The End of Operating Agreements
Threat To Affordable Housing
ISSUE: Preserving affordability for 200,000 Canadian households
Today, nearly 200,000 low-income Canadian households in co-operative and non-profit projects depend on federal rent-geared-to-income (RGI) housing assistance to pay their rent.
This federal assistance will soon end.
In addition to the social costs, reduced affordability will impede economic prosperity and employment growth.
Today, federal rent-geared-to-income (RGI) assistance is delivered to 200,000 Canadian households through operating agreements with the co-operatives and other non-profit and public housing providers that were developed under federal programs in the 1970s and 1980s.
Some of these agreements have already ended. Many more will end in the next two years.
As a result, affordability will be lost for many Canadian households including seniors, single-parent working households, people with disabilities, aboriginal people, new Canadians and other low-income families. These households cannot afford other housing options, yet will not be able to afford to live in their present homes without continued government assistance.
As well as housing providers, the provincial, territorial and municipal governments have called for action on the end of federal operating agreements. Housing provider groups such as the Co-operative Housing Federation of Canada (CHF Canada) believe that the federal government and the provinces must act to protect residents’ affordability.
According to FCM, the need for more rental housing has been well-documented. In 2012, the Federation of Canadian Municipalities (FCM) released a report on the alarming shortage of rental housing in 27 municipalities and urban regions across Canada. The report showed that since 2000, the number of rental units declined and the cost of renting has risen more than 20 percent.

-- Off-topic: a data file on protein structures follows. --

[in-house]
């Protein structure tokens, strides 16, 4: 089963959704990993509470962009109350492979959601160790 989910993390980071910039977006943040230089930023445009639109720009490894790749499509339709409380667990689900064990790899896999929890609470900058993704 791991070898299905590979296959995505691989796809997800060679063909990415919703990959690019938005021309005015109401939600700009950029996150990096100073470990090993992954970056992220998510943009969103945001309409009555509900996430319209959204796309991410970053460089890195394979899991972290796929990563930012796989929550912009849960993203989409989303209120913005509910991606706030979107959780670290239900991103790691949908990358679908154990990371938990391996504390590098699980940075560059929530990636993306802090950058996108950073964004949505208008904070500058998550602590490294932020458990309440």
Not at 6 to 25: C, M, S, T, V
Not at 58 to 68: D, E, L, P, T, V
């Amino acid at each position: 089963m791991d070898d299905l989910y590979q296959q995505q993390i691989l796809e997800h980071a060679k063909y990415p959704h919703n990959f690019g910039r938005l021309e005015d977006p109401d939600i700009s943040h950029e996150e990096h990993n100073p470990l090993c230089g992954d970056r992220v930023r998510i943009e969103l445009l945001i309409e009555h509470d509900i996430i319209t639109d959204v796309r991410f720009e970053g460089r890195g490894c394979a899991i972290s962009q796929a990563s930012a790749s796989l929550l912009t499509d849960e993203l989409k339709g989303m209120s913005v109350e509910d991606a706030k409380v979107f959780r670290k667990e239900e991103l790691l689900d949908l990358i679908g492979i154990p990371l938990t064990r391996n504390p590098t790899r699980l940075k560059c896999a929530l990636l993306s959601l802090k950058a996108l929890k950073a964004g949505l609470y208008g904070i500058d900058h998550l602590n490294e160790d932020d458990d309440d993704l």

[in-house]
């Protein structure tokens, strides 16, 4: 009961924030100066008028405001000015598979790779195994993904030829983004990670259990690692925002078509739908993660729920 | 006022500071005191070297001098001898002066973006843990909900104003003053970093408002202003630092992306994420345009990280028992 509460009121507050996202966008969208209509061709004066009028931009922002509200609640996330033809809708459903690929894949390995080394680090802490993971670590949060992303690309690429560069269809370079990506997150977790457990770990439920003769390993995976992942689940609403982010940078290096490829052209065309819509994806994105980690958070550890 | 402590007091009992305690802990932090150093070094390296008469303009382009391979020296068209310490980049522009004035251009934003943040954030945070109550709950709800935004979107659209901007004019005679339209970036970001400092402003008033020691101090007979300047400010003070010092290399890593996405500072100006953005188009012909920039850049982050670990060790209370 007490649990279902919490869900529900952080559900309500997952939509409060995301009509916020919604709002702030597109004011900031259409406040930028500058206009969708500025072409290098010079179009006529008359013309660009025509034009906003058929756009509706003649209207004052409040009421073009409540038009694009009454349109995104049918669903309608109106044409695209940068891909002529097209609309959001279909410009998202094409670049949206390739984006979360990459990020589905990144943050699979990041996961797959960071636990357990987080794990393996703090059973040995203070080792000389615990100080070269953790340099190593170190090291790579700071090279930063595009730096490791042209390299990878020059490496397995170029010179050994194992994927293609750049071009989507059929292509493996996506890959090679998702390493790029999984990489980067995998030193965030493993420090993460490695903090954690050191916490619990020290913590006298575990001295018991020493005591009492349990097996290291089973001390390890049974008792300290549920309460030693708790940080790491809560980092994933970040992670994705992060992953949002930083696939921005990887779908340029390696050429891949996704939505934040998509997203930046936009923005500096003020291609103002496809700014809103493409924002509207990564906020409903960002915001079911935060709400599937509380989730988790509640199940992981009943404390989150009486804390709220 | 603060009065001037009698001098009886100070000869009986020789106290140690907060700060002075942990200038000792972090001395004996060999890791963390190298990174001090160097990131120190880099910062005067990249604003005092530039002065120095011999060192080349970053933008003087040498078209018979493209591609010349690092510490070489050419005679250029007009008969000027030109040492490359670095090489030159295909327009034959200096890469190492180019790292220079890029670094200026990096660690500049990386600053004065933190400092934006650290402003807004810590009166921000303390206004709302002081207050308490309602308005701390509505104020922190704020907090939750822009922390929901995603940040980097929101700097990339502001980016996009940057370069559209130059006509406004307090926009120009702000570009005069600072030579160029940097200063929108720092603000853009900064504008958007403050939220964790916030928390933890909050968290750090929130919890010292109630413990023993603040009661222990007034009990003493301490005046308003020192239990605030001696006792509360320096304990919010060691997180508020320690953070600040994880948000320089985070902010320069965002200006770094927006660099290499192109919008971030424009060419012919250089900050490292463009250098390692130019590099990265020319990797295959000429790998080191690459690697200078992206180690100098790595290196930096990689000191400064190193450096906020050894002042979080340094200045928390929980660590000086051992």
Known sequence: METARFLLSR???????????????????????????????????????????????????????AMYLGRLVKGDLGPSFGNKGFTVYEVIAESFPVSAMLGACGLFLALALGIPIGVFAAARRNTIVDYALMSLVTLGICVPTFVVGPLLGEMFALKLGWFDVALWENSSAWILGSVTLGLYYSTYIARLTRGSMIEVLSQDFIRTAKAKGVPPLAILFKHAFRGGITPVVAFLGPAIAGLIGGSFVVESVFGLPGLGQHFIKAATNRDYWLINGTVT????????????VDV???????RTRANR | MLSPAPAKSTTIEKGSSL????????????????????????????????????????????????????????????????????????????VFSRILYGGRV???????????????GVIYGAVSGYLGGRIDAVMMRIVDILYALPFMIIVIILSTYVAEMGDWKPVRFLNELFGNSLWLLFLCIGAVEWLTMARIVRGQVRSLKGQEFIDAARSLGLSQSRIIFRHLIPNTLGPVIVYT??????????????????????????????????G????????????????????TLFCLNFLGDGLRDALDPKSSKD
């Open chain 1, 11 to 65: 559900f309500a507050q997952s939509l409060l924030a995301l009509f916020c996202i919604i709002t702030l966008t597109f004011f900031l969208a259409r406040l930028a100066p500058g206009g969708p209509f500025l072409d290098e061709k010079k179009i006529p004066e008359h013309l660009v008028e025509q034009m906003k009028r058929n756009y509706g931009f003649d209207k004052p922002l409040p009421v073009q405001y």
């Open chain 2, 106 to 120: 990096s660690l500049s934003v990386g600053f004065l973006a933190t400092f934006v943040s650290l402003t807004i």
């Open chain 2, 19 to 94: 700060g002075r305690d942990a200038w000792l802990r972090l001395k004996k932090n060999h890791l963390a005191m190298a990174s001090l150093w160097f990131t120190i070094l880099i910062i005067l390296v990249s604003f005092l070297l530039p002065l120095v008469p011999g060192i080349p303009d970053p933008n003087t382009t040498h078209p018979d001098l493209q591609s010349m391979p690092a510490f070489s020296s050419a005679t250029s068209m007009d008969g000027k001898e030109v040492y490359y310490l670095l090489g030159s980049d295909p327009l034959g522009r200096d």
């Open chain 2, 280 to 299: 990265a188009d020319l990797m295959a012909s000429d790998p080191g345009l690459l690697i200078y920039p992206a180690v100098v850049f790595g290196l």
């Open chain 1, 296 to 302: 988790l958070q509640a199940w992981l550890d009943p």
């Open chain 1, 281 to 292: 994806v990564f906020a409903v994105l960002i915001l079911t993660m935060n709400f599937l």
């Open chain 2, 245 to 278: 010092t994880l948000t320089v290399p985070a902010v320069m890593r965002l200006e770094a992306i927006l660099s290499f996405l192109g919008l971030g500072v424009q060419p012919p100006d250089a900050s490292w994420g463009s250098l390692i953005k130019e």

FCM’s report showed how rental housing investments have a direct positive impact on labour productivity and mobility. Providing affordable shelter leads to long-term savings for taxpayers and society at large.
Long-term investments in affordable housing create livable cities for Canadians and grow the national economy;
Existing housing subsidies are a cost-effective way for governments to support affordable housing for people who need it; and
RGI assistance allows recipients to have secure housing, leading to positive social outcomes and government savings in health, social services and the justice system.
What can governments do to safeguard Canada’s existing supply of affordable co-op and non-profit housing?
Act together now to maintain rent-geared-to-income assistance for 200,000 low-income Canadian households in co-operative and non-profit housing;
Ensure that savings from expiring subsidies for low-income co-op households are re-invested in new long-term cost-shared rent supplement programs, to be delivered by provinces and territories (and by municipalities in Ontario).
Ensure that households now receiving federal RGI housing assistance continue to be eligible for assistance under the new rental assistance programs; and